As junior doctors strike today what does this say about the current state of the NHS? The marketisation and dismantling of the NHS has been a key mark of policy at least since New Labour. But the current battle between junior doctors and the government relates to new contracts that doctors suggest will make their jobs more pressured thus lowering standards of patient care. But we have been before.
The recent #JusticeforLB and #107daysofaction campaigns have drawn attention to the myriad of ways in which people with learning disabilities are being failed, let down and neglected by our systems of healthcare. One of the recurring criticisms relates to the farming off of whole sections of the NHS to private providers who, inevitably, are expected to balance ‘value for money’ against ‘the quality of patient care’. Some would argue that in times of austerity we should expect the private sector to fill the spaces left by a radically receding health and welfare system. After all, aren’t we all neoliberal now? And there are of course many policy makers and service providers who now accept privatisation as the primary means of service delivery. But what is impossible to deny are the human costs of changes to healthcare and welfare provision.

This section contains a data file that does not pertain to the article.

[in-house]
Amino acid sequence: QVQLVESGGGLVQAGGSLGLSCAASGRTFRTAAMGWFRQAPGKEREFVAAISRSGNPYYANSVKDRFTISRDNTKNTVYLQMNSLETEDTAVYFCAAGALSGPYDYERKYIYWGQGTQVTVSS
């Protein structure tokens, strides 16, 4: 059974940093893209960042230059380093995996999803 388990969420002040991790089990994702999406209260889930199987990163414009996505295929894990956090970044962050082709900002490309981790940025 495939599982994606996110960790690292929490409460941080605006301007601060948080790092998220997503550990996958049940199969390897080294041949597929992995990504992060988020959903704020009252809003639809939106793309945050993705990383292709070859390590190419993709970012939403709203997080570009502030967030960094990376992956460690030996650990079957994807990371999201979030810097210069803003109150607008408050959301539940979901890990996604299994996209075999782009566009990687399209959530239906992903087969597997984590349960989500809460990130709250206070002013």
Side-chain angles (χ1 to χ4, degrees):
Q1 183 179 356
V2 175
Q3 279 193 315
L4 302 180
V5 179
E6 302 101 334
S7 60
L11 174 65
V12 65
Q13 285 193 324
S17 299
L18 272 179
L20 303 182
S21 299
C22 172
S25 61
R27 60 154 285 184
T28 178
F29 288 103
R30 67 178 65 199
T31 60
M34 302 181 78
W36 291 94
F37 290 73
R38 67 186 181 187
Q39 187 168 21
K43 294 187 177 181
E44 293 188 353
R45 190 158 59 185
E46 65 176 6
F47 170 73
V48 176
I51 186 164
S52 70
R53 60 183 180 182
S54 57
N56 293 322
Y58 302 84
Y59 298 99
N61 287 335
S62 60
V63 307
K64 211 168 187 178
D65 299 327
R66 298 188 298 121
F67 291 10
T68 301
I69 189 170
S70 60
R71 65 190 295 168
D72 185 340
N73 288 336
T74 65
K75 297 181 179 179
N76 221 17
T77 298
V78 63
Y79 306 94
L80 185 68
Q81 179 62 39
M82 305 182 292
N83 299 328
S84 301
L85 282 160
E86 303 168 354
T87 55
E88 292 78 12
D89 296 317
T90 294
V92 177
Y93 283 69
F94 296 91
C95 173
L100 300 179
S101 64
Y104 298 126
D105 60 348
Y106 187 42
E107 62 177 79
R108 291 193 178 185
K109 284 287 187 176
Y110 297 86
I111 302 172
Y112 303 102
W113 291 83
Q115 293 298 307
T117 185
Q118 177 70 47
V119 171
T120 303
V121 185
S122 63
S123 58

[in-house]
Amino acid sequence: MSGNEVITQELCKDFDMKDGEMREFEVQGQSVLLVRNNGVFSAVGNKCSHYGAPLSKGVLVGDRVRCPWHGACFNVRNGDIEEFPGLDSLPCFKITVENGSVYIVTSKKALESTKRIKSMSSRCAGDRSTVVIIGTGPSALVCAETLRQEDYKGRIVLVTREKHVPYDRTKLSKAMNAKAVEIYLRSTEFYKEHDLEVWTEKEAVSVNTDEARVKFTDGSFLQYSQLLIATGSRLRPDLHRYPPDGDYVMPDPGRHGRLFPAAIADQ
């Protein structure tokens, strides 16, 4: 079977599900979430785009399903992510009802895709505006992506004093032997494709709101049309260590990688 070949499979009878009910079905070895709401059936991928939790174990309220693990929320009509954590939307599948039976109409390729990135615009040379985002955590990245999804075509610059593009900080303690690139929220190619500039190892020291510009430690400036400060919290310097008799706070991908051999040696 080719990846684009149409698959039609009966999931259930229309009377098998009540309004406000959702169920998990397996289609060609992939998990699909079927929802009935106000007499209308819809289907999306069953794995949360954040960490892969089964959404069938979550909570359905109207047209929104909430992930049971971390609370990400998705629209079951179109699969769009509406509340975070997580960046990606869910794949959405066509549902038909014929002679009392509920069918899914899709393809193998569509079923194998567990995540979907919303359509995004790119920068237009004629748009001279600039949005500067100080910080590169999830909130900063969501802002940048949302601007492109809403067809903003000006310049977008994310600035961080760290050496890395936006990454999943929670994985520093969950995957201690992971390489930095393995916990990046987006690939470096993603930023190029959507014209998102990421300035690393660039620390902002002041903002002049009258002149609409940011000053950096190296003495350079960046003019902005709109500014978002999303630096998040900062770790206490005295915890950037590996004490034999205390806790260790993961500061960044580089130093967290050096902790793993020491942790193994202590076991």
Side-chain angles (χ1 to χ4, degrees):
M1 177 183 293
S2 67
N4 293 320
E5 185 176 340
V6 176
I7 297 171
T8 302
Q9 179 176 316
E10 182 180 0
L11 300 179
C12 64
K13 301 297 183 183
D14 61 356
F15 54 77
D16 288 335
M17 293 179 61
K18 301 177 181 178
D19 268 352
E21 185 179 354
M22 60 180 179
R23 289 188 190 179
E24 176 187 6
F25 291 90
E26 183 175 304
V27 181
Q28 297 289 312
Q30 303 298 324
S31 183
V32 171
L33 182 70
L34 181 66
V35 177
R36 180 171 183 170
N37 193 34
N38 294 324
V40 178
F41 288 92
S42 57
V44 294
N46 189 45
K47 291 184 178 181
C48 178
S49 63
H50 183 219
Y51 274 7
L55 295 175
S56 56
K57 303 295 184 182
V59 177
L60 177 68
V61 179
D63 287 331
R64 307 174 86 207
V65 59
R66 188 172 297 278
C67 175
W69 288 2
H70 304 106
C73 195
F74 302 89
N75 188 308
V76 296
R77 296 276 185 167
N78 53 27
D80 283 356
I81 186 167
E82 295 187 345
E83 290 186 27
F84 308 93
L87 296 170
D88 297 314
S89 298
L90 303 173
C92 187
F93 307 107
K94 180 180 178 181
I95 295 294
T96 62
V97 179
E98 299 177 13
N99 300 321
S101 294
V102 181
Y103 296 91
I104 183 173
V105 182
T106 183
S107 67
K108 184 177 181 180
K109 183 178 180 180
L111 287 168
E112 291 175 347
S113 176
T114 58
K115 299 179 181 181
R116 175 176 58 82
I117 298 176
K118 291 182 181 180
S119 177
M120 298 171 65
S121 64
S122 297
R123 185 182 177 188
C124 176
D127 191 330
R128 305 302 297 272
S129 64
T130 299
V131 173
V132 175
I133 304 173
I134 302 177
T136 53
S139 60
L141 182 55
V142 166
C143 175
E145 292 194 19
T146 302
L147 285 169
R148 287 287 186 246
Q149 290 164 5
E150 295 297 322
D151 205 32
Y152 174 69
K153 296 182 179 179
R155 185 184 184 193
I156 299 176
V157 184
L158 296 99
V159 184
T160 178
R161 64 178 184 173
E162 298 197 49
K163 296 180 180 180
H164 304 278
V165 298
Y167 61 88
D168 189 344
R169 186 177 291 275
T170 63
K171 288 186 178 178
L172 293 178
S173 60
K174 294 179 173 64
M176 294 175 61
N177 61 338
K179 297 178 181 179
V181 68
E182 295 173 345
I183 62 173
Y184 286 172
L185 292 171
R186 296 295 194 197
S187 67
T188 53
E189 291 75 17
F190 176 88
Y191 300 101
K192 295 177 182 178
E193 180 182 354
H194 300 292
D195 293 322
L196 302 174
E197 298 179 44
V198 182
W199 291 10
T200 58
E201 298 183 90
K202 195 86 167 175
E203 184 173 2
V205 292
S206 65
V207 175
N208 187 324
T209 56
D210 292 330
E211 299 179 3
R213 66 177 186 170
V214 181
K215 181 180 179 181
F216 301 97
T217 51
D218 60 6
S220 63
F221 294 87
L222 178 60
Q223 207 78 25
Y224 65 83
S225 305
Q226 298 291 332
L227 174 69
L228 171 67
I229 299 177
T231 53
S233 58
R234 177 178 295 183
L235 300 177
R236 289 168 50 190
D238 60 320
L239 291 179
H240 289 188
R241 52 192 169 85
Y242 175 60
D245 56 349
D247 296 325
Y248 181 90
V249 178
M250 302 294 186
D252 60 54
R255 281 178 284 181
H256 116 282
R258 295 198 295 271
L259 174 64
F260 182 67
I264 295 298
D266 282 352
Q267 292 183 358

- A suicide letter, written to the health minister, left by a junior doctor who felt unable to cope any further in their role 
- The deaths of people with learning disabilities as a result of poor service provision, institutional neglect and system failure 
- Changes to disability and employment benefits that have led to a number of suicides on the part of people who felt bereft without welfare support .
Some might say that it is an imperfect science to suggest that a rise in patient/staff deaths is positively correlated with the increased privatisation of healthcare. However, it would not be pushing the argument too far to conclude this; that these times of austerity and marketisation are deadly.